Chatbots are a useful technology for businesses, especially smaller, resource-strapped companies, TNW reports. By investing in chatbots, decision makers can save employees’ time by automating redundant conversations, save money, and better service their customers’ needs.
Even better, TNW says that “simple yet impactful chatbots are possible to build without prior coding knowledge,” which is good news for not-so-tech-savvy decision makers. Simpler solutions can be up and running in a matter of hours, especially if the following steps are taken:
- Learn what your chatbot can do, and build your plan around it
Decision makers can have a chatbot built by a team of designers or technologists, such as ones found at Flow.ai, without knowing a single segment of coding. Some teams are able to utilize software to build apps to fulfill specific purposes. For example, Flow.ai can adapt conversations into real-time, using a technique called natural language processing, TNW says.
Decision makers should also keep in mind that designer teams can often customize how their chatbots interact with customers. This is especially useful after decision makers have determined the use cause and channel for the chatbots, finished flow design, and integrated other services the business needs.
- Bros before bots
Even though a chatbot can converse and translate the flow of a conversation with customers, they will never replace human empathy. As a result, TNW advises decision makers to consider chatbots as a means to smooth humans’ workflows: “Chatbots aren’t people, so avoid using them as people-replacements. Instead, think of chatbots as a tool that enables lives to become better.”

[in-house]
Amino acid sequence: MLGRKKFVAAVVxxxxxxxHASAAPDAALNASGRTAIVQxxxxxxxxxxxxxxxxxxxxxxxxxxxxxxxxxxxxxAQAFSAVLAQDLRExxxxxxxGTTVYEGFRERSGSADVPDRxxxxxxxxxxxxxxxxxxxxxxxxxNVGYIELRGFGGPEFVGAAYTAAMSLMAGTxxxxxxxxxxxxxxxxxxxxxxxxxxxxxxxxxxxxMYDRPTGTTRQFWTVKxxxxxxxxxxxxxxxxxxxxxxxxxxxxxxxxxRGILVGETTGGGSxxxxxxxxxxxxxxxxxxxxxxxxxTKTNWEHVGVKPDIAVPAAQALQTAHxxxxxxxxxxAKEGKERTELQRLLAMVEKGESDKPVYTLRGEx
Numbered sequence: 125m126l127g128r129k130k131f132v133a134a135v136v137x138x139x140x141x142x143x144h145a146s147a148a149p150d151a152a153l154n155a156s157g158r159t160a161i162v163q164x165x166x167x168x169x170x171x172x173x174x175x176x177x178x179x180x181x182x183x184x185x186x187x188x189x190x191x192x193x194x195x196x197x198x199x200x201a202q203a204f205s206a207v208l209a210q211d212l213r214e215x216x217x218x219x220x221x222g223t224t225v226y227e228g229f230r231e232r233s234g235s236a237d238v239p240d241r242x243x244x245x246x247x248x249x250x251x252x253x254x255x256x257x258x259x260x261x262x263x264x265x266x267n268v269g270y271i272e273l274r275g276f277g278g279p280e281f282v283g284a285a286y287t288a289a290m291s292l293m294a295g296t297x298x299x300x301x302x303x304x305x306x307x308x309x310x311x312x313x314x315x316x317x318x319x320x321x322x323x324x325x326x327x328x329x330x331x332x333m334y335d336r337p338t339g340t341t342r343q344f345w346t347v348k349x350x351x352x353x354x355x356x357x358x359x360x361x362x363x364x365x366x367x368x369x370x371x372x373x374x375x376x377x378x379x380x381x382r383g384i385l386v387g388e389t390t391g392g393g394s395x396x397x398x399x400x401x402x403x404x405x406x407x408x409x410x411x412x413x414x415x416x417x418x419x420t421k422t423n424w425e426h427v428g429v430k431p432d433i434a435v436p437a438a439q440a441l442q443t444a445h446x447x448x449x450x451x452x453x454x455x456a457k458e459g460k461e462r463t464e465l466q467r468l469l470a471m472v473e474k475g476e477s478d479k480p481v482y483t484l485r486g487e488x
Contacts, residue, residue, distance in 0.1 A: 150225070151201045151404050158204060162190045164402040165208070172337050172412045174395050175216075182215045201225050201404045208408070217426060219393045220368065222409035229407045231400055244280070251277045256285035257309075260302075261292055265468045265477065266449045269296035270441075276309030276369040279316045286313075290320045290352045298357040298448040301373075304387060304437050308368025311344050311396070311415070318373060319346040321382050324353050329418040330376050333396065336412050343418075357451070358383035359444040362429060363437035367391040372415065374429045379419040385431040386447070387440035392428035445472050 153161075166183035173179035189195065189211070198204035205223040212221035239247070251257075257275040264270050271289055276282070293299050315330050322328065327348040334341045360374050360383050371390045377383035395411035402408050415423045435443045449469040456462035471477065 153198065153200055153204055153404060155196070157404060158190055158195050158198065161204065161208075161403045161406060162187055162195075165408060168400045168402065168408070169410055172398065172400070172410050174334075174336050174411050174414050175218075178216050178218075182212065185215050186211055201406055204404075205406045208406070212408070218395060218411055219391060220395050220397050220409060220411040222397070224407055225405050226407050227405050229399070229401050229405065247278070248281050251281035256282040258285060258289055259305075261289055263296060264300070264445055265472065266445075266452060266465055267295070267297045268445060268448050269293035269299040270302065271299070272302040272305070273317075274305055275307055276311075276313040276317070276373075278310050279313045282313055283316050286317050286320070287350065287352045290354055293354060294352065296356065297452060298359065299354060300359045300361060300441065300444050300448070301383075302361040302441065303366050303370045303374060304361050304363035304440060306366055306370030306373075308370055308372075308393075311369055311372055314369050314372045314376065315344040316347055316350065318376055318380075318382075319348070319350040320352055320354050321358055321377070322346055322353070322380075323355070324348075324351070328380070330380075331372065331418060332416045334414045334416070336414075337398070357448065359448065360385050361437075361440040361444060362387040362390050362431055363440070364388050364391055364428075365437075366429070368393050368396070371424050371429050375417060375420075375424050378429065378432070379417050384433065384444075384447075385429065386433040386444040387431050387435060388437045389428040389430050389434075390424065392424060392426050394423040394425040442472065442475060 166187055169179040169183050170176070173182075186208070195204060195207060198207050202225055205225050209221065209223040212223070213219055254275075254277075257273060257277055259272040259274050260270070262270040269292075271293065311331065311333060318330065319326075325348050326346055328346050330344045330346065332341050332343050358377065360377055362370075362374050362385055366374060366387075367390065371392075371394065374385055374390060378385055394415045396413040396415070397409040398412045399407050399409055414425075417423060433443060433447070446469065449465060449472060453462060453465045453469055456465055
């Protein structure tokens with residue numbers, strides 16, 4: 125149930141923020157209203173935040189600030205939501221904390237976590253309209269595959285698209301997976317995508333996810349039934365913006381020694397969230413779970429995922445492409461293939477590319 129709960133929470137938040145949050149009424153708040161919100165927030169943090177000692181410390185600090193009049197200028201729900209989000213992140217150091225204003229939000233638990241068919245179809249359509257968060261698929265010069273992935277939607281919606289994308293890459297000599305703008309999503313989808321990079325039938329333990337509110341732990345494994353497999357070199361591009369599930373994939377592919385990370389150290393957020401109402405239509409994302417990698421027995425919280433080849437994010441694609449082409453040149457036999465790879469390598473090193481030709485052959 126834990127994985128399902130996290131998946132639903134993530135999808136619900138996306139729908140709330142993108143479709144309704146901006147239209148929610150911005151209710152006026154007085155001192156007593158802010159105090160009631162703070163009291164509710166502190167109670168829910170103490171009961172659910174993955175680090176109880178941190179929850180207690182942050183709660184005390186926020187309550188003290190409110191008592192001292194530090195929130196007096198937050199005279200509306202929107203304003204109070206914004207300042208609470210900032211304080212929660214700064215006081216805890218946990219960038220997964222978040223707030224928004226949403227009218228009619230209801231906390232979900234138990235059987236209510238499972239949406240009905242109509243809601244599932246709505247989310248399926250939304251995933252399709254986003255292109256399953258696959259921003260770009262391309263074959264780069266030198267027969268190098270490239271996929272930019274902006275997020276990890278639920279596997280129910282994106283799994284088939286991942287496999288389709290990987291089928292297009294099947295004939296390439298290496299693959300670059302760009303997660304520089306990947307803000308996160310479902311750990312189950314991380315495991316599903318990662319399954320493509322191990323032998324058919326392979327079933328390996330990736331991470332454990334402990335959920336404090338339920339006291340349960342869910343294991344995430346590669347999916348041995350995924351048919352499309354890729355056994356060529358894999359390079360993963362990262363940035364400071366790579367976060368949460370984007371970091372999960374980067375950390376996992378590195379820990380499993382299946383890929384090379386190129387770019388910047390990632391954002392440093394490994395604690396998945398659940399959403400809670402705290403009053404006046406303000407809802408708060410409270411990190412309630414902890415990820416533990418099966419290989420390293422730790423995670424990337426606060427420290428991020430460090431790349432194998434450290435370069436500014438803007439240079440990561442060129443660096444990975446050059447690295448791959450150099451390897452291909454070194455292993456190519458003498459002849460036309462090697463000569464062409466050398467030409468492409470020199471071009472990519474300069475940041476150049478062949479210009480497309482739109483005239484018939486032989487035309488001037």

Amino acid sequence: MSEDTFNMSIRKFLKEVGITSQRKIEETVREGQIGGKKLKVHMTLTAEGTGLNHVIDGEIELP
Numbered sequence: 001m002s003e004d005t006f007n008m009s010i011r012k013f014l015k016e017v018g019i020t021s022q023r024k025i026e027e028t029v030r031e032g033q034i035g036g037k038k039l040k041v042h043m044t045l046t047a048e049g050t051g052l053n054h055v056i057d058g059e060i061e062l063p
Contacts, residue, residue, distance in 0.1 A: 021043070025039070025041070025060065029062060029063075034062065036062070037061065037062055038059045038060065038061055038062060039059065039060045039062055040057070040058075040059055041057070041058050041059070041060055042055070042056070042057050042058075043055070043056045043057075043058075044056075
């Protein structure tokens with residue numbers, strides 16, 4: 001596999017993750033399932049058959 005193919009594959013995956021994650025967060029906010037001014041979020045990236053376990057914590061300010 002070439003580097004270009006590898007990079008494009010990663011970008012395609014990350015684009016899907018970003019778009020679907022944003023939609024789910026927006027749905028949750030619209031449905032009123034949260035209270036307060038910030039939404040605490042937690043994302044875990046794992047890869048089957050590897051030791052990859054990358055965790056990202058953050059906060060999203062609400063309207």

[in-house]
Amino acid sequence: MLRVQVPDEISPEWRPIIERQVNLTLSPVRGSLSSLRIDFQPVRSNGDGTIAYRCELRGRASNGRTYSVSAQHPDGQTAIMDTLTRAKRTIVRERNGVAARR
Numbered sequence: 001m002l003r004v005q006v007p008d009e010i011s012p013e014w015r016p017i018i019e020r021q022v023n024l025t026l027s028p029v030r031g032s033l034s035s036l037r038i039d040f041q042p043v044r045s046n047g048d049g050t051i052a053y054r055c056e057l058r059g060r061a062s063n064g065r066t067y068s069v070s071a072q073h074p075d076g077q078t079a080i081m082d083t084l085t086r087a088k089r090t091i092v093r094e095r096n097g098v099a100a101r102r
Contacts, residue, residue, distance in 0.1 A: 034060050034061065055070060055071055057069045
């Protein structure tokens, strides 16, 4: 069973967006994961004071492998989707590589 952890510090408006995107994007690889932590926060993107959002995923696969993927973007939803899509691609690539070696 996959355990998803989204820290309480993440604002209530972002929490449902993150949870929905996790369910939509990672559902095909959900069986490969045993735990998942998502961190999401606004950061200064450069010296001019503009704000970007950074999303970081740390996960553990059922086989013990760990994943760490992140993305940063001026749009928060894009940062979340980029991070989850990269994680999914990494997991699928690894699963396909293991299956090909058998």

- Security is still the golden rule
While chatbots are meant to make decision makers’ lives easier at work, they can also cause nightmares if security isn’t considered. TNW recommends that decision makers keep in mind that because chatbots are new digital communication mediums, that means they can bring new vulnerabilities to businesses. This even includes the design team that decision makers may have hired to build the chatbots in the first place: “Anyone who’s responsible for building a chatbot needs to take steps in the planning to prevent a potential security breach. Every conversation opens up a new channel for a bad actor,” TNW says.
As a result, TNW recommends that decision makers understand where to take precautions. “The key is to focus on why customers are engaging in chatbot conversations so that you can implement security protocols, unique to your company, as preventative measures.”
Once these steps are taken, the chances of successful chatbot implementations increase, as does customers’ satisfaction, and the ROI of decision makers’ investment.